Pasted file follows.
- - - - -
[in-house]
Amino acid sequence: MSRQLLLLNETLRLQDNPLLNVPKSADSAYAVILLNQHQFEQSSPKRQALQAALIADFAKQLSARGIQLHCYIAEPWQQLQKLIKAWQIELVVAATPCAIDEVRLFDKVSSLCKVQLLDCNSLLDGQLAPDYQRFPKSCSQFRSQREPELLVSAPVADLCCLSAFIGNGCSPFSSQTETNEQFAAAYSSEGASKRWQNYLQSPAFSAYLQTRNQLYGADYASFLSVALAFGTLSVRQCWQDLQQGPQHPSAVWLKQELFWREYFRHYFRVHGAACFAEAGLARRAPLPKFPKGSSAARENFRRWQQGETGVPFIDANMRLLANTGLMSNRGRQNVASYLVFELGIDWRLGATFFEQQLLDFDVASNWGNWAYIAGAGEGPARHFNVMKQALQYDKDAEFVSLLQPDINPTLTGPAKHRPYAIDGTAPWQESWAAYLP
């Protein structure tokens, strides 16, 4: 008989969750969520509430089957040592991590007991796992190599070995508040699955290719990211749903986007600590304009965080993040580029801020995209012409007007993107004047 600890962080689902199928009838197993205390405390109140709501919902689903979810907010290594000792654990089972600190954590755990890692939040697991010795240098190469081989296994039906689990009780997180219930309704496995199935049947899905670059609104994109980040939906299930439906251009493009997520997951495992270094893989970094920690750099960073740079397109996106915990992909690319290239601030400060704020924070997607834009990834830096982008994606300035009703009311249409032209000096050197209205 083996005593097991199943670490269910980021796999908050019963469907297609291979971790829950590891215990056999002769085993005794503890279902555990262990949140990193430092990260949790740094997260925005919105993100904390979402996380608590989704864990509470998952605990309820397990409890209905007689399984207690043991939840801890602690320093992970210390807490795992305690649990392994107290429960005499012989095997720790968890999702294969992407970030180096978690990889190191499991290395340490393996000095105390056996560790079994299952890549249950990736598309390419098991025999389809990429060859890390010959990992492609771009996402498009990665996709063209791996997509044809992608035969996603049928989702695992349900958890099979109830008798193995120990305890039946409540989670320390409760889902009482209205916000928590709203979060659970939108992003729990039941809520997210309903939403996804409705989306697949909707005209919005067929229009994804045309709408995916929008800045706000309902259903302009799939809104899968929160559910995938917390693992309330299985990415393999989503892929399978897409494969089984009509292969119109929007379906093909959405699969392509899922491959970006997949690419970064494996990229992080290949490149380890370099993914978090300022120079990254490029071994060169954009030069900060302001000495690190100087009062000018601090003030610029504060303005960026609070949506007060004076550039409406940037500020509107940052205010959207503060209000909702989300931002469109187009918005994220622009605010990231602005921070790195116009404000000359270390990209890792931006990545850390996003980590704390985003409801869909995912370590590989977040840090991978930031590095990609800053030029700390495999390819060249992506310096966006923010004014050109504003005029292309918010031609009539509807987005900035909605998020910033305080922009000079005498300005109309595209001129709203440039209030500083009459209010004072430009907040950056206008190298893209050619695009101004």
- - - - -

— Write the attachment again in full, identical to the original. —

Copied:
[in-house]
Amino acid sequence: MSRQLLLLNETLRLQDNPLLNVPKSADSAYAVILLNQHQFEQSSPKRQALQAALIADFAKQLSARGIQLHCYIAEPWQQLQKLIKAWQIELVVAATPCAIDEVRLFDKVSSLCKVQLLDCNSLLDGQLAPDYQRFPKSCSQFRSQREPELLVSAPVADLCCLSAFIGNGCSPFSSQTETNEQFAAAYSSEGASKRWQNYLQSPAFSAYLQTRNQLYGADYASFLSVALAFGTLSVRQCWQDLQQGPQHPSAVWLKQELFWREYFRHYFRVHGAACFAEAGLARRAPLPKFPKGSSAARENFRRWQQGETGVPFIDANMRLLANTGLMSNRGRQNVASYLVFELGIDWRLGATFFEQQLLDFDVASNWGNWAYIAGAGEGPARHFNVMKQALQYDKDAEFVSLLQPDINPTLTGPAKHRPYAIDGTAPWQESWAAYLP
């Protein structure tokens, strides 16, 4: 008989969750969520509430089957040592991590007991796992190599070995508040699955290719990211749903986007600590304009965080993040580029801020995209012409007007993107004047 600890962080689902199928009838197993205390405390109140709501919902689903979810907010290594000792654990089972600190954590755990890692939040697991010795240098190469081989296994039906689990009780997180219930309704496995199935049947899905670059609104994109980040939906299930439906251009493009997520997951495992270094893989970094920690750099960073740079397109996106915990992909690319290239601030400060704020924070997607834009990834830096982008994606300035009703009311249409032209000096050197209205 083996005593097991199943670490269910980021796999908050019963469907297609291979971790829950590891215990056999002769085993005794503890279902555990262990949140990193430092990260949790740094997260925005919105993100904390979402996380608590989704864990509470998952605990309820397990409890209905007689399984207690043991939840801890602690320093992970210390807490795992305690649990392994107290429960005499012989095997720790968890999702294969992407970030180096978690990889190191499991290395340490393996000095105390056996560790079994299952890549249950990736598309390419098991025999389809990429060859890390010959990992492609771009996402498009990665996709063209791996997509044809992608035969996603049928989702695992349900958890099979109830008798193995120990305890039946409540989670320390409760889902009482209205916000928590709203979060659970939108992003729990039941809520997210309903939403996804409705989306697949909707005209919005067929229009994804045309709408995916929008800045706000309902259903302009799939809104899968929160559910995938917390693992309330299985990415393999989503892929399978897409494969089984009509292969119109929007379906093909959405699969392509899922491959970006997949690419970064494996990229992080290949490149380890370099993914978090300022120079990254490029071994060169954009030069900060302001000495690190100087009062000018601090003030610029504060303005960026609070949506007060004076550039409406940037500020509107940052205010959207503060209000909702989300931002469109187009918005994220622009605010990231602005921070790195116009404000000359270390990209890792931006990545850390996003980590704390985003409801869909995912370590590989977040840090991978930031590095990609800053030029700390495999390819060249992506310096966006923010004014050109504003005029292309918010031609009539509807987005900035909605998020910033305080922009000079005498300005109309595209001129709203440039209030500083009459209010004072430009907040950056206008190298893209050619695009101004």